Home Studio Project – Electrical
My Home Music Studio Project – Electrical
It all started when a co-worker of mine, Jeff, came by to visit me from New York to stay over for the weekend. Maybe it started before then because I went to visit him first. Either way it’s all Jeff’s fault:) I had always wanted to do a home studio project but what was stopping me was doing the electrical work.
We had so much fun when I went out to visit him at his home. We stopped in to take in the sights and sounds of Niagara Falls, cleaned out his huge garage and took a fun and leisurely canoe trip down the river. He reciprocated by stopping by and putting me to work. Go figure hey? Actually, he motivating me to get started on my home studio project that had sat for years left quite undone. So, for that Jeff, there’s only one word for that – Whitewater!!! Thanks a million!
It was one of those projects where it would cost a lot of money if hired it out professionally and that was never really something I wanted to do. I usually do things myself but for this project I never got around to doing it. I had visions of a very nice and cozy room and one that satisfied my need to be able to make music. Additionally, after spending nearly 10 years writing music in a cold dark corner of my basement it seemed about time to put something together much more suited to my taste and a whole lot more comfortable.
Jeff came by on a Friday night and we had a wonderful time chatting, playing pool and enjoying our favorite beverages. He somehow managed to get me to talk about what I wanted to do in my “old” studio to make it nicer. I had explained to him that first I needed to have some more electrical outlets for my equipment and that started the ball rolling. All I could think about was how risky it was to do electrical work. Electrical shocks, OUCH!
Note: Some general information regarding the electrical aspects of this project will be written about in this post while other topics such as the wood I used, problems I faced and the finished project will be discussed in subsequent posts.
This first photo is an example of the electrical work we did over the next couple of days. Most of the work was done on Saturday and we simply enjoyed our visiting on Sunday looking for Illinois license plates.
Our “work” that weekend involved putting in some more electrical outlets as shown in the photo below. There are four now where there was none before. We also put in four others in another location (a different wall) nearby and an additional two on the same wall shown in the photo but about eight feet away. The 2 x 4′s showing in the picture were the beginnings of the new interior framing that was going in. All in all we managed to install 10 new electrical outlets expanding my world a lot.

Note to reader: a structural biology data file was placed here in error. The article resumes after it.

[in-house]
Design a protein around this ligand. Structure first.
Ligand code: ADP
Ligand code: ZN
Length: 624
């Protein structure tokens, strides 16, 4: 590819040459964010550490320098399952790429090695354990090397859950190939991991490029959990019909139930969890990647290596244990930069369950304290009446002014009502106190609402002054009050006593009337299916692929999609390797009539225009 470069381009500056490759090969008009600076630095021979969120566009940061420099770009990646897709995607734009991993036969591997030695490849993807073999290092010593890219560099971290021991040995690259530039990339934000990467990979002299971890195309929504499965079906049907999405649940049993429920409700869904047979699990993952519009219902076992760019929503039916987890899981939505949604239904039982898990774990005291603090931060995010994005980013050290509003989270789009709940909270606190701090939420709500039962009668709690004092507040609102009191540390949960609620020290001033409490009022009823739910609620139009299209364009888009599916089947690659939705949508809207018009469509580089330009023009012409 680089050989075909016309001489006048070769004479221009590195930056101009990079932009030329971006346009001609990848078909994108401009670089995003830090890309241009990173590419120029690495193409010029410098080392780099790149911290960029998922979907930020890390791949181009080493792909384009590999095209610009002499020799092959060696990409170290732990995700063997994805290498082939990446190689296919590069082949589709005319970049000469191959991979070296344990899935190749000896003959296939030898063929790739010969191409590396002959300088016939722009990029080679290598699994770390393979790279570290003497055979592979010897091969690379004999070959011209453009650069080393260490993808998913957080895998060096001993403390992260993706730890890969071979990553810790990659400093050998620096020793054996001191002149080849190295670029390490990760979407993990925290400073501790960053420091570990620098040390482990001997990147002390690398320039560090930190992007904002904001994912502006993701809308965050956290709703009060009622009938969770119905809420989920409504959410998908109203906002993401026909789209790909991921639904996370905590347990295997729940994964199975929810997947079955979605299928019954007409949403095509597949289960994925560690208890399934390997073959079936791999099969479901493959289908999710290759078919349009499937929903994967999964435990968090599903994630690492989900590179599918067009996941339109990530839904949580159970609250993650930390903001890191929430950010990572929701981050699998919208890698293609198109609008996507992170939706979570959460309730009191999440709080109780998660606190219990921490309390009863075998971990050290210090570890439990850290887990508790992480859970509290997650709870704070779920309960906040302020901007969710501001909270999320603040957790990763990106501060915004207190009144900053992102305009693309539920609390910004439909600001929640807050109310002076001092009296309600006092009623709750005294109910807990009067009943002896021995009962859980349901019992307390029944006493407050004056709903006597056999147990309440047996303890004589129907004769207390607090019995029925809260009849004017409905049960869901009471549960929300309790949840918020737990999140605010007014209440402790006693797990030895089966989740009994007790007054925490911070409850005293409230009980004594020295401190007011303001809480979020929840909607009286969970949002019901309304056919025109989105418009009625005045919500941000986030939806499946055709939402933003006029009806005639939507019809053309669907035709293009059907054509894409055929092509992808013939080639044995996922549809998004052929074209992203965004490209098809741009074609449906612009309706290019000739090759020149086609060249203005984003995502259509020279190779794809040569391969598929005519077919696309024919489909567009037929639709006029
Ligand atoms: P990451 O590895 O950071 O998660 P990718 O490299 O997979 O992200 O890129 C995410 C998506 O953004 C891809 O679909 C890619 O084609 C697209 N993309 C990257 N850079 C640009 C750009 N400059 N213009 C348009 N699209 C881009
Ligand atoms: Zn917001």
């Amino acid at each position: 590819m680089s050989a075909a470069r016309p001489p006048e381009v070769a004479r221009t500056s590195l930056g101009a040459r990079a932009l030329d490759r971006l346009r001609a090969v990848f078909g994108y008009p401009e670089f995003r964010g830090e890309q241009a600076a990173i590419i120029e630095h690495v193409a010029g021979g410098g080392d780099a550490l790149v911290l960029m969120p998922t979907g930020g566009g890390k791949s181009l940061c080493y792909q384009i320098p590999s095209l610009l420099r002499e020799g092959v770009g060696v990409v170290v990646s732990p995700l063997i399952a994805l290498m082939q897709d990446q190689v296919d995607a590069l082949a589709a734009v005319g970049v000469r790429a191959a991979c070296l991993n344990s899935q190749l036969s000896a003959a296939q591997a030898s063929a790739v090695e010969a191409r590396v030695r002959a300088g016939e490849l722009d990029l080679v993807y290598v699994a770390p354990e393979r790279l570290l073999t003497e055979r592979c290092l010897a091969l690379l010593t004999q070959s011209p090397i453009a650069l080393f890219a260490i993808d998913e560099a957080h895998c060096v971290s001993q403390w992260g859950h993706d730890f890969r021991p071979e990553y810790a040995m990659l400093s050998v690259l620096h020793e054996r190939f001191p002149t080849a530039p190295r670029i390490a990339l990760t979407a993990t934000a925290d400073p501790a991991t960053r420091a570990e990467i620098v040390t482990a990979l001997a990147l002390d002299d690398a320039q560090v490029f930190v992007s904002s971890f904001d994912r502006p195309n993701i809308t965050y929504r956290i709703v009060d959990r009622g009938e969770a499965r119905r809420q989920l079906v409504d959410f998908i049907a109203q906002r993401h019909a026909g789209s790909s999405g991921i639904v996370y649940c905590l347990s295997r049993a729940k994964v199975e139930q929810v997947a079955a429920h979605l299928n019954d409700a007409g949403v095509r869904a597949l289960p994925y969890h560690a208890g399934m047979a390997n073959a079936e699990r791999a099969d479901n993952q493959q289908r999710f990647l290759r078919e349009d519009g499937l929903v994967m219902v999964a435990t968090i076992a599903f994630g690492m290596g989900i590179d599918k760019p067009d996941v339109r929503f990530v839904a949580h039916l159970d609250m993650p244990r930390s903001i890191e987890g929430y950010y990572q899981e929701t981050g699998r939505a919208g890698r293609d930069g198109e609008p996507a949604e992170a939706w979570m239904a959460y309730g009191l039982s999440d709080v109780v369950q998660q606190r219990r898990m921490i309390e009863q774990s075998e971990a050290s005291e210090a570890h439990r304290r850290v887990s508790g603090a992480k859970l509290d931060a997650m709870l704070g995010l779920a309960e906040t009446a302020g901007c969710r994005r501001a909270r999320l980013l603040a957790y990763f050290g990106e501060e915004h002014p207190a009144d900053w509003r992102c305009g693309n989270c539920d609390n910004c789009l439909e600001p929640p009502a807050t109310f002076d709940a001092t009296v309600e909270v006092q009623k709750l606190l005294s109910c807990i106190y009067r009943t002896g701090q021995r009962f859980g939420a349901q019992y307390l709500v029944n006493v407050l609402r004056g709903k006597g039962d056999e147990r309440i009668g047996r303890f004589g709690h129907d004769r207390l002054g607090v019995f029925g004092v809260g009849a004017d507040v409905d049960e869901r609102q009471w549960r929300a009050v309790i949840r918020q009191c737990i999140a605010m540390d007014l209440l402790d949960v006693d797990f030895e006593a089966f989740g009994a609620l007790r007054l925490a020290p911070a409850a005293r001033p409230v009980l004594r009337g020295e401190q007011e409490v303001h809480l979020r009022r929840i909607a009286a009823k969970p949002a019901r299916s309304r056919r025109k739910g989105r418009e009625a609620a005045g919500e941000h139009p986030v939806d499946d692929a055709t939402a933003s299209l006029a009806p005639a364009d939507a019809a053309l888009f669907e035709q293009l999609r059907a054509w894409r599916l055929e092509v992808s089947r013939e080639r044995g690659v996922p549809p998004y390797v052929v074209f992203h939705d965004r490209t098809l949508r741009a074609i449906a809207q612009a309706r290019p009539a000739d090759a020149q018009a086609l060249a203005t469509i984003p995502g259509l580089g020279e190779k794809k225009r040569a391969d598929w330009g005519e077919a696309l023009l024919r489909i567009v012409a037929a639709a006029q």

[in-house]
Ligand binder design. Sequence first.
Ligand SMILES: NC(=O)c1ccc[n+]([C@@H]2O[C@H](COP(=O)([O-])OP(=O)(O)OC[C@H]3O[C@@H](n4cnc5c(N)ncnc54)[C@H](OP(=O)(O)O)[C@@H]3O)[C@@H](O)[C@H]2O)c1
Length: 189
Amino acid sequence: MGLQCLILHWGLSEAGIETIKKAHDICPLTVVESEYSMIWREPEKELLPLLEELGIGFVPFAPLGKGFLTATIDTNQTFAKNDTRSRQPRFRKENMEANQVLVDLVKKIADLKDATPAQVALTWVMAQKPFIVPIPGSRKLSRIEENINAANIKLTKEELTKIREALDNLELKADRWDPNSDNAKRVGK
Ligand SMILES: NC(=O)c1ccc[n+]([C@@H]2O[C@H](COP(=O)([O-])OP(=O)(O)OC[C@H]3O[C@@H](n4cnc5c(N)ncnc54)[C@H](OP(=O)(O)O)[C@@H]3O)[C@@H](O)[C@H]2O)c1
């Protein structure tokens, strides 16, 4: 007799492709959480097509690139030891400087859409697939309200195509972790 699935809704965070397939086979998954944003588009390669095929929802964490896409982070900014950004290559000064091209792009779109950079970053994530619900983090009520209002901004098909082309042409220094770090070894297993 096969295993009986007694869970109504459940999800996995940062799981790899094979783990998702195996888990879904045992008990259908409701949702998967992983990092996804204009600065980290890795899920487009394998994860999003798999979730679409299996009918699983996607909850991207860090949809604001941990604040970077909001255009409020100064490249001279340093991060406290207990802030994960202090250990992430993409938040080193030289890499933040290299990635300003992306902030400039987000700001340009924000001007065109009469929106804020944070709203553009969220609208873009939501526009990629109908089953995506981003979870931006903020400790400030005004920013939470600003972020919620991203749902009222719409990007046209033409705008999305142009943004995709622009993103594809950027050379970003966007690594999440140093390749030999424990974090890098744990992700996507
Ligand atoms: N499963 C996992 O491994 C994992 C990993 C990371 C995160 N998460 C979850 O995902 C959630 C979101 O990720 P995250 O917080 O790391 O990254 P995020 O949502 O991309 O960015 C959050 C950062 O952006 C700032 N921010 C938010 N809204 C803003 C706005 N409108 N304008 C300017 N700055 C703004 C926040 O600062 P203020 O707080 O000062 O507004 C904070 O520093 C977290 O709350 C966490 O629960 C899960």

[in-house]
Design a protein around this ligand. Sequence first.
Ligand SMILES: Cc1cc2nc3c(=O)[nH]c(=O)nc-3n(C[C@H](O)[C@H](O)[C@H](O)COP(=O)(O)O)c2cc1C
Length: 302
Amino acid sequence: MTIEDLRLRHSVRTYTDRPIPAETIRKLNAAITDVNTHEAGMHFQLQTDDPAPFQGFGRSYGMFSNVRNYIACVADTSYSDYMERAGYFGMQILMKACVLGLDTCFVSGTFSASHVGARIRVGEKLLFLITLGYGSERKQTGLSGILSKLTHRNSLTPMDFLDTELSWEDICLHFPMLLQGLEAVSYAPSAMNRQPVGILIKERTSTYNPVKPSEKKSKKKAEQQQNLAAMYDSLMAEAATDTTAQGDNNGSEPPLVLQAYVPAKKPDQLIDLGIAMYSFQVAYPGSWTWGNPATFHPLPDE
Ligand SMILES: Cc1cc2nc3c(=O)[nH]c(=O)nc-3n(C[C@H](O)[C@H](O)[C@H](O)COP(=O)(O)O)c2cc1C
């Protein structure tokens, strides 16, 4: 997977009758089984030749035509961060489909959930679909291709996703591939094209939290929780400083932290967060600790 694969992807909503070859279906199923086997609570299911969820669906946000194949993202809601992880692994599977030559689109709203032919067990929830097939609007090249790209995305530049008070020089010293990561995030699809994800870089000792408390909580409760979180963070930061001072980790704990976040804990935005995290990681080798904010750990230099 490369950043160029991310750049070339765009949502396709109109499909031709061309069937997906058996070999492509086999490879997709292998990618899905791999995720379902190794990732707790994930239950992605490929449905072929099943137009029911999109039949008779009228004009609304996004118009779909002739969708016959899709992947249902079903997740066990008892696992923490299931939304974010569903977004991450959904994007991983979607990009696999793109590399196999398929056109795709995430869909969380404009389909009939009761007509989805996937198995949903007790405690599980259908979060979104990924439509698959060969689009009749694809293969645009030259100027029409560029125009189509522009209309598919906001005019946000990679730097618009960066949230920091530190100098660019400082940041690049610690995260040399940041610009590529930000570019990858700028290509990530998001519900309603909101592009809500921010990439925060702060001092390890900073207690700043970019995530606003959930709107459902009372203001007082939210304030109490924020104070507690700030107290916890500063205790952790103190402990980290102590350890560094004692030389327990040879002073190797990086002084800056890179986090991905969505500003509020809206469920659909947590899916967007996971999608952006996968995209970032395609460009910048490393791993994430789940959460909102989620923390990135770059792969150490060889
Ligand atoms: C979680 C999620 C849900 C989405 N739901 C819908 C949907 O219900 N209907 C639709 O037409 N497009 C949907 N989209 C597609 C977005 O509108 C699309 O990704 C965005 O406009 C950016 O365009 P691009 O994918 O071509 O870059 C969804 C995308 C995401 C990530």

The concrete background wall is painted over with a waterproofing sealant called Kilz 2 used to prevent moisture and the possibility of the growth of mold or mildew. There are actually three layers of paint because sometimes I do more than is required just to make certain it does what it says it will do. The vinyl flooring in the foreground was laid out loosely for the photo, otherwise the floor is normally a dark brown painted cement floor that covers a light tan paint from the previous owner’s decorating ideas. The tan color shows through from the dark brown paint flaking off of the tan paint. It was one of my earlier attempts to decorate my dungeon, ok?
After Jeff had left to return back to New York I changed the electrical outlet box covers to be the unbreakable ivory colored, nylon type of covers you may be more familiar with. Also, as the project progressed and the building codes were understood more I changed to using the outlet boxes shown in the following photo. They were easier to work with but I think the metal ones are better over time. Personal choice of color I think was the reason I choose to use the blue plastic ones.